Psilocybin is being studied for use in treatment-resistant depression.
In this phase 2 double-blind trial, we randomly assigned adults with treatment resistant depression to receive a single dose of a proprietary, synthetic formulation of psilocybin at a dose of 25 mg, 10 mg, or 1 mg (control), along with psychological support. The primary end point was the change from baseline to week 3 in the total score on the Montgomery–Åsberg Depression Rating Scale (MADRS; range, 0 to 60, with higher scores indicating more severe depression). Secondary end points included response at week 3 (≥50% decrease from baseline in the MADRS total score), remission at week 3 (MADRS total score ≤10), and sustained response at 12 weeks (meeting response criteria at week 3 and all subsequent visits).
A total of 79 participants were in the 25-mg group, 75 in the 10-mg group, and 79 in the 1-mg group. The mean MADRS total score at baseline was 32 or 33 in each group. Least-squares mean changes from baseline to week 3 in the score were −12.0 for 25 mg, −7.9 for 10 mg, and −5.4 for 1 mg; the difference between the 25-mg group and 1-mg group was −6.6 (95% confidence interval [CI], −10.2 to −2.9; P<0.001) and between the 10-mg group and 1-mg group was −2.5 (95% CI, −6.2 to 1.2; P=0.18). In the 25-mg group, the incidences of response and remission at 3 weeks, but not sustained response at 12 weeks, were generally supportive of the primary results. Adverse events occurred in 179 of 233 participants (77%) and included headache, nausea, and dizziness. Suicidal ideation or behavior or self-injury occurred in all dose groups.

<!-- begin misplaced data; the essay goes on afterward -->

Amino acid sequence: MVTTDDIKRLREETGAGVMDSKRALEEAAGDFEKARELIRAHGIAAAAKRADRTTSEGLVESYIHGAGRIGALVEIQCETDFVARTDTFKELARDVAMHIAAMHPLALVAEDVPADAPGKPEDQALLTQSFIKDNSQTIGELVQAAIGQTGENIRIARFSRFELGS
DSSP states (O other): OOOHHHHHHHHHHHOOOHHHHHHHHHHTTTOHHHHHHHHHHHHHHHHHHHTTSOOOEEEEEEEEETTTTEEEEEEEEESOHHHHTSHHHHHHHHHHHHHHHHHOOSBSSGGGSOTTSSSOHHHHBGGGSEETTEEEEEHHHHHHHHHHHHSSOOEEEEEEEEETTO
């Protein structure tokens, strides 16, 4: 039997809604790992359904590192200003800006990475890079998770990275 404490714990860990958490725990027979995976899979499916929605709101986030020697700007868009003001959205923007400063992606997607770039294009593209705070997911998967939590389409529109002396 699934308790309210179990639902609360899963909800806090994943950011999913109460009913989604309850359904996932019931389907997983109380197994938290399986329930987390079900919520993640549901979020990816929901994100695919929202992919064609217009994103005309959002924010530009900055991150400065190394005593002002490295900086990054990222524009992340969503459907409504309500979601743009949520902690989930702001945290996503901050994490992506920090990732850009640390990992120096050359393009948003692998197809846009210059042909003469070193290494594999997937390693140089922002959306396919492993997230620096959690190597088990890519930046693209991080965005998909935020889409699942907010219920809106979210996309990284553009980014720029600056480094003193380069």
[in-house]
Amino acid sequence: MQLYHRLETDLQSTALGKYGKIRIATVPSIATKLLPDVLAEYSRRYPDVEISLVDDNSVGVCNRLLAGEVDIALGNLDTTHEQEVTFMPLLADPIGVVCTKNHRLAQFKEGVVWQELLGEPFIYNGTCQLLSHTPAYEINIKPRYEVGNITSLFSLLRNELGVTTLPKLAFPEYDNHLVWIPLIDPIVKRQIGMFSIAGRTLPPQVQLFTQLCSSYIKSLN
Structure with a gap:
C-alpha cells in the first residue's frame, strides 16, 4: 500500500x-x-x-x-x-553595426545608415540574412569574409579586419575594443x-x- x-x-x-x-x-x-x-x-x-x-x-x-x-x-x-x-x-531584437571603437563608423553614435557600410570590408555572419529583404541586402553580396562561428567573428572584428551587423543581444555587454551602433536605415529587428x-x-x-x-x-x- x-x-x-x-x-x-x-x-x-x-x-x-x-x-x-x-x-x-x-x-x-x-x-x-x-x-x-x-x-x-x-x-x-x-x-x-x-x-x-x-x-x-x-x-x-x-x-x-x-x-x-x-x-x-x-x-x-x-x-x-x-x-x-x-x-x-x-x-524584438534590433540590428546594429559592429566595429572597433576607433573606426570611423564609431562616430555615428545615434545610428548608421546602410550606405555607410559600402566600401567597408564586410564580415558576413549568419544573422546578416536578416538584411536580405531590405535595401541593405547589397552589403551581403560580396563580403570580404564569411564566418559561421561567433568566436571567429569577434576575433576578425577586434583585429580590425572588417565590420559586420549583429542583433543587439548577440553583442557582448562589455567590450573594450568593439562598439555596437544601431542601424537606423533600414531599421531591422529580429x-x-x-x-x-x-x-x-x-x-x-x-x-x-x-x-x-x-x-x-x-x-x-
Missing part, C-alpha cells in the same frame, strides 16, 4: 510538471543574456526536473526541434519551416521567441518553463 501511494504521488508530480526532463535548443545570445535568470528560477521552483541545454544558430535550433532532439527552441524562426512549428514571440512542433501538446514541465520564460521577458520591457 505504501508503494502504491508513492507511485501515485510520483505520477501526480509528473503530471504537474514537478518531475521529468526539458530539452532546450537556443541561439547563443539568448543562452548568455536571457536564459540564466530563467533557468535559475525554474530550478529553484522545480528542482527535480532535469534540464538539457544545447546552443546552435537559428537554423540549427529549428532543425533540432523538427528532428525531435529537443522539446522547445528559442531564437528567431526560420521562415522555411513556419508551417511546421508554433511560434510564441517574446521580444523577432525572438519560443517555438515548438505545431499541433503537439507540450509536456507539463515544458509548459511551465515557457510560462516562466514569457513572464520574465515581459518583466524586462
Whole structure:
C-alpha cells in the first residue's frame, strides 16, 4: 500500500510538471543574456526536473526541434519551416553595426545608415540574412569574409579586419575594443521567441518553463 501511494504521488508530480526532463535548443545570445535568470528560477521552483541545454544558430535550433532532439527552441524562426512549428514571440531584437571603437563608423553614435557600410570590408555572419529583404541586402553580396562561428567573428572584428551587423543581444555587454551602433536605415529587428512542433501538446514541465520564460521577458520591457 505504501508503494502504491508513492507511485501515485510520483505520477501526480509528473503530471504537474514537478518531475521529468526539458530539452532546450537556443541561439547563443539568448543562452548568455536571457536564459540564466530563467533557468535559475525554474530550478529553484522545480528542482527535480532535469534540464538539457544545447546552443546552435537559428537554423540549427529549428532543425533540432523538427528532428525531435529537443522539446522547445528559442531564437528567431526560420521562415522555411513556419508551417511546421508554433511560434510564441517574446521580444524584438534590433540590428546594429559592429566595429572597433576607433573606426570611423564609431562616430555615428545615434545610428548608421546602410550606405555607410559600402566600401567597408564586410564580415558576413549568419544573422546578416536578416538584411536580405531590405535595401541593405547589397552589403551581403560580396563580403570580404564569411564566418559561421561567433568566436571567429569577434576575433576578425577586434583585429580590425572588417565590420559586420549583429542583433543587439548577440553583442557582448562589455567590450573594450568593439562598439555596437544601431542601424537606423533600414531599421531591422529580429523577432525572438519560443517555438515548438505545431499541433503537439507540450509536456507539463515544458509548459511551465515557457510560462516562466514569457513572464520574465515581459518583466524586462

In this phase 2 trial involving participants with treatment-resistant depression, psilocybin at a single dose of 25 mg, but not 10 mg, reduced depression scores significantly more than a 1- mg dose over a period of 3 weeks but was associated with adverse effects. Larger and longer trials, including comparison with existing treatments, are required to determine the efficacy and safety of psilocybin for this disorder.